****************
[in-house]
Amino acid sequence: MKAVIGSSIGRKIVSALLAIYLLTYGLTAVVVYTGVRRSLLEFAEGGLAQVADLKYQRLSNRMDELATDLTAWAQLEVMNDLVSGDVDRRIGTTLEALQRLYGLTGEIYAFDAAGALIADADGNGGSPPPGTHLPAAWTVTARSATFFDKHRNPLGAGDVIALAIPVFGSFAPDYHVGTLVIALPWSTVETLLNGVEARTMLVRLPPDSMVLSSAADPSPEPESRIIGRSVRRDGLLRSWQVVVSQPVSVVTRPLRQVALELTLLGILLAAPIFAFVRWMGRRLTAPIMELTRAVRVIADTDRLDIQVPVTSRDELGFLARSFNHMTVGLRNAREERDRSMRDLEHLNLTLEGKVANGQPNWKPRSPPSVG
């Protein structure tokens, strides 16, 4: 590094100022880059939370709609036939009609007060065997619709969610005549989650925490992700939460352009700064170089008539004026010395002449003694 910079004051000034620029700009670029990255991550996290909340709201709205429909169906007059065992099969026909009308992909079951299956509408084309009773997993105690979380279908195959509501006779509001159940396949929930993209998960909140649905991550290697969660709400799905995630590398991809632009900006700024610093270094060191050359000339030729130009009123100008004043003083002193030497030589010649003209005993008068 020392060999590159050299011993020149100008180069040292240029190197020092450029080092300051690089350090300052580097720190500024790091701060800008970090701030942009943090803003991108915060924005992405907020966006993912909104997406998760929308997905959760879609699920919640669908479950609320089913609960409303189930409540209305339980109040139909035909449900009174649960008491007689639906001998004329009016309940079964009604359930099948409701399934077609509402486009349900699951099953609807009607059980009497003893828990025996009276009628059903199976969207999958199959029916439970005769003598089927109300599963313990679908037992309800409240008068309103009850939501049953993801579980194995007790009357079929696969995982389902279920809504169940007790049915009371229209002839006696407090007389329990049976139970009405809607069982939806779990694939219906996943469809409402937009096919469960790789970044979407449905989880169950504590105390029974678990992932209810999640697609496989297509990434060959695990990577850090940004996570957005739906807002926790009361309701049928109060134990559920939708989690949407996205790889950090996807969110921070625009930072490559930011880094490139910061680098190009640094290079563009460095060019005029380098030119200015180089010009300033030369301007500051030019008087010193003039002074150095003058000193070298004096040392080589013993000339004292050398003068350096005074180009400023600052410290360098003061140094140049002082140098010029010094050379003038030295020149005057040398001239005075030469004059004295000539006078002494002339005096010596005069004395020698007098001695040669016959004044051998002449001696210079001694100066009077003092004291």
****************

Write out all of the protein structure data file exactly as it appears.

[in-house]
Amino acid sequence: MKAVIGSSIGRKIVSALLAIYLLTYGLTAVVVYTGVRRSLLEFAEGGLAQVADLKYQRLSNRMDELATDLTAWAQLEVMNDLVSGDVDRRIGTTLEALQRLYGLTGEIYAFDAAGALIADADGNGGSPPPGTHLPAAWTVTARSATFFDKHRNPLGAGDVIALAIPVFGSFAPDYHVGTLVIALPWSTVETLLNGVEARTMLVRLPPDSMVLSSAADPSPEPESRIIGRSVRRDGLLRSWQVVVSQPVSVVTRPLRQVALELTLLGILLAAPIFAFVRWMGRRLTAPIMELTRAVRVIADTDRLDIQVPVTSRDELGFLARSFNHMTVGLRNAREERDRSMRDLEHLNLTLEGKVANGQPNWKPRSPPSVG
């Protein structure tokens, strides 16, 4: 590094100022880059939370709609036939009609007060065997619709969610005549989650925490992700939460352009700064170089008539004026010395002449003694 910079004051000034620029700009670029990255991550996290909340709201709205429909169906007059065992099969026909009308992909079951299956509408084309009773997993105690979380279908195959509501006779509001159940396949929930993209998960909140649905991550290697969660709400799905995630590398991809632009900006700024610093270094060191050359000339030729130009009123100008004043003083002193030497030589010649003209005993008068 020392060999590159050299011993020149100008180069040292240029190197020092450029080092300051690089350090300052580097720190500024790091701060800008970090701030942009943090803003991108915060924005992405907020966006993912909104997406998760929308997905959760879609699920919640669908479950609320089913609960409303189930409540209305339980109040139909035909449900009174649960008491007689639906001998004329009016309940079964009604359930099948409701399934077609509402486009349900699951099953609807009607059980009497003893828990025996009276009628059903199976969207999958199959029916439970005769003598089927109300599963313990679908037992309800409240008068309103009850939501049953993801579980194995007790009357079929696969995982389902279920809504169940007790049915009371229209002839006696407090007389329990049976139970009405809607069982939806779990694939219906996943469809409402937009096919469960790789970044979407449905989880169950504590105390029974678990992932209810999640697609496989297509990434060959695990990577850090940004996570957005739906807002926790009361309701049928109060134990559920939708989690949407996205790889950090996807969110921070625009930072490559930011880094490139910061680098190009640094290079563009460095060019005029380098030119200015180089010009300033030369301007500051030019008087010193003039002074150095003058000193070298004096040392080589013993000339004292050398003068350096005074180009400023600052410290360098003061140094140049002082140098010029010094050379003038030295020149005057040398001239005075030469004059004295000539006078002494002339005096010596005069004395020698007098001695040669016959004044051998002449001696210079001694100066009077003092004291």